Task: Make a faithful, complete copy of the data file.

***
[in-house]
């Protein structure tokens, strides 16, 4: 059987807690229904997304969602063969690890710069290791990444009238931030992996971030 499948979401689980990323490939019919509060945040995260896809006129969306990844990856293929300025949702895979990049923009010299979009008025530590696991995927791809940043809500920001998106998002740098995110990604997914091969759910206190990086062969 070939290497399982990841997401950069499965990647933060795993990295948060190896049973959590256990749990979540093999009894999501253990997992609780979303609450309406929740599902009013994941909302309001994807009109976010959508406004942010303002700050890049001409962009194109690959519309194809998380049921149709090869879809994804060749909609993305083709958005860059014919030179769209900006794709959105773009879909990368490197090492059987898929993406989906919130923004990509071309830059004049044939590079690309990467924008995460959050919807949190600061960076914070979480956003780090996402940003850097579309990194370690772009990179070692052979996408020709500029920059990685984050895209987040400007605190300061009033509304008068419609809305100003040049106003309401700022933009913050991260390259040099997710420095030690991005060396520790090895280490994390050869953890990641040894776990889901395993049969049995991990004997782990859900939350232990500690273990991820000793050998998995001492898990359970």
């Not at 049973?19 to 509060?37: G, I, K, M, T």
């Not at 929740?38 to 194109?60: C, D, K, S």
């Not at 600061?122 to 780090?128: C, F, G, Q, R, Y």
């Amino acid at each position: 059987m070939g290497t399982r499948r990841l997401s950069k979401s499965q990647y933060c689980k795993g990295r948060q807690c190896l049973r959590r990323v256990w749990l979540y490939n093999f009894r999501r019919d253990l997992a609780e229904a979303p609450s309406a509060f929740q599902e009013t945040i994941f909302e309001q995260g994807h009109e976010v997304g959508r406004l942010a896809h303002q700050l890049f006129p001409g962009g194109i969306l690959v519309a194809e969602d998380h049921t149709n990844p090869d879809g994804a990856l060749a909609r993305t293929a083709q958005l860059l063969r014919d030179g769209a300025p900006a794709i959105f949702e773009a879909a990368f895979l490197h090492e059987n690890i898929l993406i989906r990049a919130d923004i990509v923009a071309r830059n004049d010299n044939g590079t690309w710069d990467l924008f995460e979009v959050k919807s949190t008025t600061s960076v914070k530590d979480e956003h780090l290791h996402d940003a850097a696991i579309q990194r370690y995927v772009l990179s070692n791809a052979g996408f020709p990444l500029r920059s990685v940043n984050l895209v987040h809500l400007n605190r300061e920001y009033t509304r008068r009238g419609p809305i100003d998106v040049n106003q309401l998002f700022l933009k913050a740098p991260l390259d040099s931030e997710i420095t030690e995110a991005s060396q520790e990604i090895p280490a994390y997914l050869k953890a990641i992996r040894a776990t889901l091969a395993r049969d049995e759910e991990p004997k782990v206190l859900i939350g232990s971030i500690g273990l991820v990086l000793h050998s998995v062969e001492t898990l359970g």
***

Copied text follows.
[in-house]
């Protein structure tokens, strides 16, 4: 059987807690229904997304969602063969690890710069290791990444009238931030992996971030 499948979401689980990323490939019919509060945040995260896809006129969306990844990856293929300025949702895979990049923009010299979009008025530590696991995927791809940043809500920001998106998002740098995110990604997914091969759910206190990086062969 070939290497399982990841997401950069499965990647933060795993990295948060190896049973959590256990749990979540093999009894999501253990997992609780979303609450309406929740599902009013994941909302309001994807009109976010959508406004942010303002700050890049001409962009194109690959519309194809998380049921149709090869879809994804060749909609993305083709958005860059014919030179769209900006794709959105773009879909990368490197090492059987898929993406989906919130923004990509071309830059004049044939590079690309990467924008995460959050919807949190600061960076914070979480956003780090996402940003850097579309990194370690772009990179070692052979996408020709500029920059990685984050895209987040400007605190300061009033509304008068419609809305100003040049106003309401700022933009913050991260390259040099997710420095030690991005060396520790090895280490994390050869953890990641040894776990889901395993049969049995991990004997782990859900939350232990500690273990991820000793050998998995001492898990359970």
């Not at 049973?19 to 509060?37: G, I, K, M, T």
């Not at 929740?38 to 194109?60: C, D, K, S």
């Not at 600061?122 to 780090?128: C, F, G, Q, R, Y």
């Amino acid at each position: 059987m070939g290497t399982r499948r990841l997401s950069k979401s499965q990647y933060c689980k795993g990295r948060q807690c190896l049973r959590r990323v256990w749990l979540y490939n093999f009894r999501r019919d253990l997992a609780e229904a979303p609450s309406a509060f929740q599902e009013t945040i994941f909302e309001q995260g994807h009109e976010v997304g959508r406004l942010a896809h303002q700050l890049f006129p001409g962009g194109i969306l690959v519309a194809e969602d998380h049921t149709n990844p090869d879809g994804a990856l060749a909609r993305t293929a083709q958005l860059l063969r014919d030179g769209a300025p900006a794709i959105f949702e773009a879909a990368f895979l490197h090492e059987n690890i898929l993406i989906r990049a919130d923004i990509v923009a071309r830059n004049d010299n044939g590079t690309w710069d990467l924008f995460e979009v959050k919807s949190t008025t600061s960076v914070k530590d979480e956003h780090l290791h996402d940003a850097a696991i579309q990194r370690y995927v772009l990179s070692n791809a052979g996408f020709p990444l500029r920059s990685v940043n984050l895209v987040h809500l400007n605190r300061e920001y009033t509304r008068r009238g419609p809305i100003d998106v040049n106003q309401l998002f700022l933009k913050a740098p991260l390259d040099s931030e997710i420095t030690e995110a991005s060396q520790e990604i090895p280490a994390y997914l050869k953890a990641i992996r040894a776990t889901l091969a395993r049969d049995e759910e991990p004997k782990v206190l859900i939350g232990s971030i500690g273990l991820v990086l000793h050998s998995v062969e001492t898990l359970g």